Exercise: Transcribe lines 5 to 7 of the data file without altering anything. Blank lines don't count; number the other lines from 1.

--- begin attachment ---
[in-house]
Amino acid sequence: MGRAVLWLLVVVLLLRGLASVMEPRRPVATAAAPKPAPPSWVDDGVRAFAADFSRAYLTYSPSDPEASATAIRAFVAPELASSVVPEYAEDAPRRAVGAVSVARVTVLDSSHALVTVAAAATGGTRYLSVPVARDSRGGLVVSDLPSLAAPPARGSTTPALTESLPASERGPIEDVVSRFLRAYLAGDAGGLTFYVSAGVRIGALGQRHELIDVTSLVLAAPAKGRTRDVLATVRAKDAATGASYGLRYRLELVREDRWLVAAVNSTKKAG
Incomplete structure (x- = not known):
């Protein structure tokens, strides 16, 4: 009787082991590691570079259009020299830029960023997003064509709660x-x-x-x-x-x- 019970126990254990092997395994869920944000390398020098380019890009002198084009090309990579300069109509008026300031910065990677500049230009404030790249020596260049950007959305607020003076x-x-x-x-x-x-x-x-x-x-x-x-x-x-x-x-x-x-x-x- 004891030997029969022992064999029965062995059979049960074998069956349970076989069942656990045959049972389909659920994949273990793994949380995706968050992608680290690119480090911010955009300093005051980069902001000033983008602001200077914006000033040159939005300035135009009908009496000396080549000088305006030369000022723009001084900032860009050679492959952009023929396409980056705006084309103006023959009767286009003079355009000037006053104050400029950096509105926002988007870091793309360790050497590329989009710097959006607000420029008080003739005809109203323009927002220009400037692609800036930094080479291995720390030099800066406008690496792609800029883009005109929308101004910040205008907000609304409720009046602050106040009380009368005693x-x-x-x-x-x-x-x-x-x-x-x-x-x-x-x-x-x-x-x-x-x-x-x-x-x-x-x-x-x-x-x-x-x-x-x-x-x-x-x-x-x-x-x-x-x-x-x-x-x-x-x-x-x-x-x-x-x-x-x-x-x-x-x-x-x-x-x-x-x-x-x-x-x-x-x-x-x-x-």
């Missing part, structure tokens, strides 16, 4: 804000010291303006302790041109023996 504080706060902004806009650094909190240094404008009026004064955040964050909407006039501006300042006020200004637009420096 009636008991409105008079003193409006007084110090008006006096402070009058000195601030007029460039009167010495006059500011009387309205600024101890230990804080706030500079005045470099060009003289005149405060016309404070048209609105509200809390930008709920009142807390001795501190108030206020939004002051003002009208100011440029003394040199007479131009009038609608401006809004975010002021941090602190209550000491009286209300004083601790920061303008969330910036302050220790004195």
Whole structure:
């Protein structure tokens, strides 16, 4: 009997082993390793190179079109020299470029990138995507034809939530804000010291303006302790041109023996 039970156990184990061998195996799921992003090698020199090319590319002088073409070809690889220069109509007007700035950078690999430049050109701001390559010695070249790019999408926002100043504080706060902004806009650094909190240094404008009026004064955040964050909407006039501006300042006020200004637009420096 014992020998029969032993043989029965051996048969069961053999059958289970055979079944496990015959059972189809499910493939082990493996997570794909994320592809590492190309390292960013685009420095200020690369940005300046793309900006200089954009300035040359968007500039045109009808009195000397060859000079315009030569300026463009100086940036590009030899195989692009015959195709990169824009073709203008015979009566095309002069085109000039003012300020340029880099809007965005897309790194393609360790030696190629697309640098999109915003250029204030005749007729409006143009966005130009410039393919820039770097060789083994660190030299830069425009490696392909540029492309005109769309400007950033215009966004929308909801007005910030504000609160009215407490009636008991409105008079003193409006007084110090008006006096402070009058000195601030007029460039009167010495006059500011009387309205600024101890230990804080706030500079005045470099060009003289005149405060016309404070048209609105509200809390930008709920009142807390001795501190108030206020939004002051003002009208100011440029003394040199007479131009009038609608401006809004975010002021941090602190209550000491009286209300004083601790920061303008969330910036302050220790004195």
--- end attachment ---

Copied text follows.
């Missing part, structure tokens, strides 16, 4: 804000010291303006302790041109023996 504080706060902004806009650094909190240094404008009026004064955040964050909407006039501006300042006020200004637009420096 009636008991409105008079003193409006007084110090008006006096402070009058000195601030007029460039009167010495006059500011009387309205600024101890230990804080706030500079005045470099060009003289005149405060016309404070048209609105509200809390930008709920009142807390001795501190108030206020939004002051003002009208100011440029003394040199007479131009009038609608401006809004975010002021941090602190209550000491009286209300004083601790920061303008969330910036302050220790004195």
Whole structure:
């Protein structure tokens, strides 16, 4: 009997082993390793190179079109020299470029990138995507034809939530804000010291303006302790041109023996 039970156990184990061998195996799921992003090698020199090319590319002088073409070809690889220069109509007007700035950078690999430049050109701001390559010695070249790019999408926002100043504080706060902004806009650094909190240094404008009026004064955040964050909407006039501006300042006020200004637009420096 014992020998029969032993043989029965051996048969069961053999059958289970055979079944496990015959059972189809499910493939082990493996997570794909994320592809590492190309390292960013685009420095200020690369940005300046793309900006200089954009300035040359968007500039045109009808009195000397060859000079315009030569300026463009100086940036590009030899195989692009015959195709990169824009073709203008015979009566095309002069085109000039003012300020340029880099809007965005897309790194393609360790030696190629697309640098999109915003250029204030005749007729409006143009966005130009410039393919820039770097060789083994660190030299830069425009490696392909540029492309005109769309400007950033215009966004929308909801007005910030504000609160009215407490009636008991409105008079003193409006007084110090008006006096402070009058000195601030007029460039009167010495006059500011009387309205600024101890230990804080706030500079005045470099060009003289005149405060016309404070048209609105509200809390930008709920009142807390001795501190108030206020939004002051003002009208100011440029003394040199007479131009009038609608401006809004975010002021941090602190209550000491009286209300004083601790920061303008969330910036302050220790004195």